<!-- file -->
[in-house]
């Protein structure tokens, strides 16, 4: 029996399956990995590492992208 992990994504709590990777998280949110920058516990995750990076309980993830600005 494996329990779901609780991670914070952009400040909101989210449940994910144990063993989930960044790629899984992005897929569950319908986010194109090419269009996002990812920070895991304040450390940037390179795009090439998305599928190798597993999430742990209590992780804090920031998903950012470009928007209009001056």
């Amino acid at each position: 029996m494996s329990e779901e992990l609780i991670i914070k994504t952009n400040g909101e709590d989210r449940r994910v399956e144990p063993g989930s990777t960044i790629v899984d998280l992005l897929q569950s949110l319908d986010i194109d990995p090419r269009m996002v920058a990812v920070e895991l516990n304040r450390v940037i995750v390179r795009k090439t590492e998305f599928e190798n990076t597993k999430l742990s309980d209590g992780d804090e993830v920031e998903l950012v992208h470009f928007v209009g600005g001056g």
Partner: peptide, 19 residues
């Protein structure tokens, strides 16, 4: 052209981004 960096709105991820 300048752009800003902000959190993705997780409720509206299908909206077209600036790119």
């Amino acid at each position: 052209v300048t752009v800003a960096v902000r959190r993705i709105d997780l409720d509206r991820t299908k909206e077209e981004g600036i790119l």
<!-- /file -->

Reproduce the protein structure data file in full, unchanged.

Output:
[in-house]
């Protein structure tokens, strides 16, 4: 029996399956990995590492992208 992990994504709590990777998280949110920058516990995750990076309980993830600005 494996329990779901609780991670914070952009400040909101989210449940994910144990063993989930960044790629899984992005897929569950319908986010194109090419269009996002990812920070895991304040450390940037390179795009090439998305599928190798597993999430742990209590992780804090920031998903950012470009928007209009001056």
């Amino acid at each position: 029996m494996s329990e779901e992990l609780i991670i914070k994504t952009n400040g909101e709590d989210r449940r994910v399956e144990p063993g989930s990777t960044i790629v899984d998280l992005l897929q569950s949110l319908d986010i194109d990995p090419r269009m996002v920058a990812v920070e895991l516990n304040r450390v940037i995750v390179r795009k090439t590492e998305f599928e190798n990076t597993k999430l742990s309980d209590g992780d804090e993830v920031e998903l950012v992208h470009f928007v209009g600005g001056g």
Partner: peptide, 19 residues
């Protein structure tokens, strides 16, 4: 052209981004 960096709105991820 300048752009800003902000959190993705997780409720509206299908909206077209600036790119």
């Amino acid at each position: 052209v300048t752009v800003a960096v902000r959190r993705i709105d997780l409720d509206r991820t299908k909206e077209e981004g600036i790119l």